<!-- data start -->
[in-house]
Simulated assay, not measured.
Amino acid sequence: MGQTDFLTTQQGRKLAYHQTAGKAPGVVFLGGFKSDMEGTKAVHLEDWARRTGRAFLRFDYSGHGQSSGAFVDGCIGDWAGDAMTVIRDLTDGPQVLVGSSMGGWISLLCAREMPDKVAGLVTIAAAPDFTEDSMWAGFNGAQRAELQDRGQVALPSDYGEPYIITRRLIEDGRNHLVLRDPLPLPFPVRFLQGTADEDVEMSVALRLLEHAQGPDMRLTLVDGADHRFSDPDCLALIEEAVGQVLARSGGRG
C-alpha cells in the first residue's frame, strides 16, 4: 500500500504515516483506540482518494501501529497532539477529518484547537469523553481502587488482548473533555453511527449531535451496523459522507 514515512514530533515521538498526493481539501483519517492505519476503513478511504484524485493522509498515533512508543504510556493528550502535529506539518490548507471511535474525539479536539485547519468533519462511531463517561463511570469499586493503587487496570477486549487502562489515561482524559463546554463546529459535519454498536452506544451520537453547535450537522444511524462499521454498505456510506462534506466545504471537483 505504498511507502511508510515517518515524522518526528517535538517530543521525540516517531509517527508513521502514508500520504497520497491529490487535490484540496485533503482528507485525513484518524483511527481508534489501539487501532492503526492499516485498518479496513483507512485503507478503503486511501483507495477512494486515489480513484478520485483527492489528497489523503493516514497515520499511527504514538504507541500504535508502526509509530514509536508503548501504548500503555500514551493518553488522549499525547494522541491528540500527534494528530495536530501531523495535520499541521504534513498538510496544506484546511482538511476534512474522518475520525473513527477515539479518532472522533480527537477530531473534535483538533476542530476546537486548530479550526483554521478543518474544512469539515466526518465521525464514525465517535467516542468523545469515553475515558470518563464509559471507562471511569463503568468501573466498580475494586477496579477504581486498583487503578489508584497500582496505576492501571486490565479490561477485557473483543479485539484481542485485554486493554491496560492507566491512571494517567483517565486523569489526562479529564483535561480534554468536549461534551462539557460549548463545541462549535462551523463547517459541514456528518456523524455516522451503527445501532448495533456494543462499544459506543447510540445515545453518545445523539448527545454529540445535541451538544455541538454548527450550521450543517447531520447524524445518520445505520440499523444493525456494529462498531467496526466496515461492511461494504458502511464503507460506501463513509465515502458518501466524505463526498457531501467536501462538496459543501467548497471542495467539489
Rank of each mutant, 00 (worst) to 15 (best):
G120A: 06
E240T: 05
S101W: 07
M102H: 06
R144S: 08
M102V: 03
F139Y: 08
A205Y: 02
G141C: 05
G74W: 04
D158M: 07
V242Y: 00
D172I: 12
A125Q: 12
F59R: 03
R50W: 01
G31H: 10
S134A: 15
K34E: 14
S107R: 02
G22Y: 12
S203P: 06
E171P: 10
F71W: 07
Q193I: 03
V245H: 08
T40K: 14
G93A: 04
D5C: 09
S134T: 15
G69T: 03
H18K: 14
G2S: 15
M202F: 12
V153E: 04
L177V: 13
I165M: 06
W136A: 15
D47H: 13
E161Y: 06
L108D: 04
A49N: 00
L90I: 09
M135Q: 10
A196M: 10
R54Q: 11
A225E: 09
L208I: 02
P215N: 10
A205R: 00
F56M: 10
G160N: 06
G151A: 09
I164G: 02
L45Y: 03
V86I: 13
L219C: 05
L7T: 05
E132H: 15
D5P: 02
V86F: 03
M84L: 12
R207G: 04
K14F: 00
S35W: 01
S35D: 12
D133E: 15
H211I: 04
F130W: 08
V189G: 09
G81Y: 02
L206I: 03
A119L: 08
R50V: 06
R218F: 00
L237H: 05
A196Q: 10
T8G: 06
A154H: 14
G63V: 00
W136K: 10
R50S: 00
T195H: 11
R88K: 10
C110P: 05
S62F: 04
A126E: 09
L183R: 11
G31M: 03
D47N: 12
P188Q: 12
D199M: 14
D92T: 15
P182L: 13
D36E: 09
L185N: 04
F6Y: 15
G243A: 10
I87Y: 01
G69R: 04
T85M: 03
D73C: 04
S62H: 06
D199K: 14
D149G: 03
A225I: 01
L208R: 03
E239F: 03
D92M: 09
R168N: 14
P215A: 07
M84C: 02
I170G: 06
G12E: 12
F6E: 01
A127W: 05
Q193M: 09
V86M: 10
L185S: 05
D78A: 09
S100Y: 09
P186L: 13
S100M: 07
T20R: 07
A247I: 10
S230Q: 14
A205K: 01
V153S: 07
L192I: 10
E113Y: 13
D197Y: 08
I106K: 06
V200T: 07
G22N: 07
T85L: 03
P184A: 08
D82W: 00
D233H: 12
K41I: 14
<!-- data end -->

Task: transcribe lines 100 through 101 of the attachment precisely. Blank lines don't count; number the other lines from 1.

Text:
D36E: 09
L185N: 04